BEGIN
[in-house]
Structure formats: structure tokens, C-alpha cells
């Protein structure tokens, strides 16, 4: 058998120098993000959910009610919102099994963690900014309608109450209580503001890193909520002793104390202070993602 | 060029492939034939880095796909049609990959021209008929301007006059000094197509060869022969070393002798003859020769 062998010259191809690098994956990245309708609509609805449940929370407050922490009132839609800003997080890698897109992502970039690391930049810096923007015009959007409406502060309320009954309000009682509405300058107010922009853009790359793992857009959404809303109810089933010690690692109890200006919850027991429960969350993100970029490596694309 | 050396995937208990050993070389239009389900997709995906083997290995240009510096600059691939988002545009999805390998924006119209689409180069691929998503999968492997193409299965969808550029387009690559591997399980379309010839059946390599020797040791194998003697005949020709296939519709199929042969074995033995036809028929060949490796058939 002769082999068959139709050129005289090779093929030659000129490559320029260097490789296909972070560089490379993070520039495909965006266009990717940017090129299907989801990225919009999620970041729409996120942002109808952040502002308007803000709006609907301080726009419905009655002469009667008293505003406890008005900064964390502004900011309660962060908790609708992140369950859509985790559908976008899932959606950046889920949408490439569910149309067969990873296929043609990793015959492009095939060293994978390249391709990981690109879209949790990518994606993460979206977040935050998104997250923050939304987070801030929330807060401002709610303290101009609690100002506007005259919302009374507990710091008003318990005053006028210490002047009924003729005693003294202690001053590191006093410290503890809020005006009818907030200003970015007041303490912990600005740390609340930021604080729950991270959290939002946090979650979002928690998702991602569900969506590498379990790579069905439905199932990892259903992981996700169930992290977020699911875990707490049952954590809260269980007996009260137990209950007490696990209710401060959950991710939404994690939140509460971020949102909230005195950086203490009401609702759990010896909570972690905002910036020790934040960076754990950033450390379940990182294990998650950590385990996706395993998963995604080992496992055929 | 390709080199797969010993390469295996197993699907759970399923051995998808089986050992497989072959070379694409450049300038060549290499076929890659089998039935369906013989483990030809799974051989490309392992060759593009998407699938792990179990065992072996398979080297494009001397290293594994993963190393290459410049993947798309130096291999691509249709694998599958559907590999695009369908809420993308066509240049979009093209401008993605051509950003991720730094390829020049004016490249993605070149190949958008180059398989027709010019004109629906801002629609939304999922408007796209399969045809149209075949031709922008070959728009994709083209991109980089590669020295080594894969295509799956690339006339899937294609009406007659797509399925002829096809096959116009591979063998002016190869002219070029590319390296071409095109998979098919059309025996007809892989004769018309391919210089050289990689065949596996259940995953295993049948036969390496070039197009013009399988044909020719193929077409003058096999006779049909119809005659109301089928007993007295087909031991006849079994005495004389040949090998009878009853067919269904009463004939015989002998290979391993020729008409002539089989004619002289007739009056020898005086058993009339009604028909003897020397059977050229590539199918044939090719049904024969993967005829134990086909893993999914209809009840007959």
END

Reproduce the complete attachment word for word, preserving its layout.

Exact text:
[in-house]
Structure formats: structure tokens, C-alpha cells
């Protein structure tokens, strides 16, 4: 058998120098993000959910009610919102099994963690900014309608109450209580503001890193909520002793104390202070993602 | 060029492939034939880095796909049609990959021209008929301007006059000094197509060869022969070393002798003859020769 062998010259191809690098994956990245309708609509609805449940929370407050922490009132839609800003997080890698897109992502970039690391930049810096923007015009959007409406502060309320009954309000009682509405300058107010922009853009790359793992857009959404809303109810089933010690690692109890200006919850027991429960969350993100970029490596694309 | 050396995937208990050993070389239009389900997709995906083997290995240009510096600059691939988002545009999805390998924006119209689409180069691929998503999968492997193409299965969808550029387009690559591997399980379309010839059946390599020797040791194998003697005949020709296939519709199929042969074995033995036809028929060949490796058939 002769082999068959139709050129005289090779093929030659000129490559320029260097490789296909972070560089490379993070520039495909965006266009990717940017090129299907989801990225919009999620970041729409996120942002109808952040502002308007803000709006609907301080726009419905009655002469009667008293505003406890008005900064964390502004900011309660962060908790609708992140369950859509985790559908976008899932959606950046889920949408490439569910149309067969990873296929043609990793015959492009095939060293994978390249391709990981690109879209949790990518994606993460979206977040935050998104997250923050939304987070801030929330807060401002709610303290101009609690100002506007005259919302009374507990710091008003318990005053006028210490002047009924003729005693003294202690001053590191006093410290503890809020005006009818907030200003970015007041303490912990600005740390609340930021604080729950991270959290939002946090979650979002928690998702991602569900969506590498379990790579069905439905199932990892259903992981996700169930992290977020699911875990707490049952954590809260269980007996009260137990209950007490696990209710401060959950991710939404994690939140509460971020949102909230005195950086203490009401609702759990010896909570972690905002910036020790934040960076754990950033450390379940990182294990998650950590385990996706395993998963995604080992496992055929 | 390709080199797969010993390469295996197993699907759970399923051995998808089986050992497989072959070379694409450049300038060549290499076929890659089998039935369906013989483990030809799974051989490309392992060759593009998407699938792990179990065992072996398979080297494009001397290293594994993963190393290459410049993947798309130096291999691509249709694998599958559907590999695009369908809420993308066509240049979009093209401008993605051509950003991720730094390829020049004016490249993605070149190949958008180059398989027709010019004109629906801002629609939304999922408007796209399969045809149209075949031709922008070959728009994709083209991109980089590669020295080594894969295509799956690339006339899937294609009406007659797509399925002829096809096959116009591979063998002016190869002219070029590319390296071409095109998979098919059309025996007809892989004769018309391919210089050289990689065949596996259940995953295993049948036969390496070039197009013009399988044909020719193929077409003058096999006779049909119809005659109301089928007993007295087909031991006849079994005495004389040949090998009878009853067919269904009463004939015989002998290979391993020729008409002539089989004619002289007739009056020898005086058993009339009604028909003897020397059977050229590539199918044939090719049904024969993967005829134990086909893993999914209809009840007959």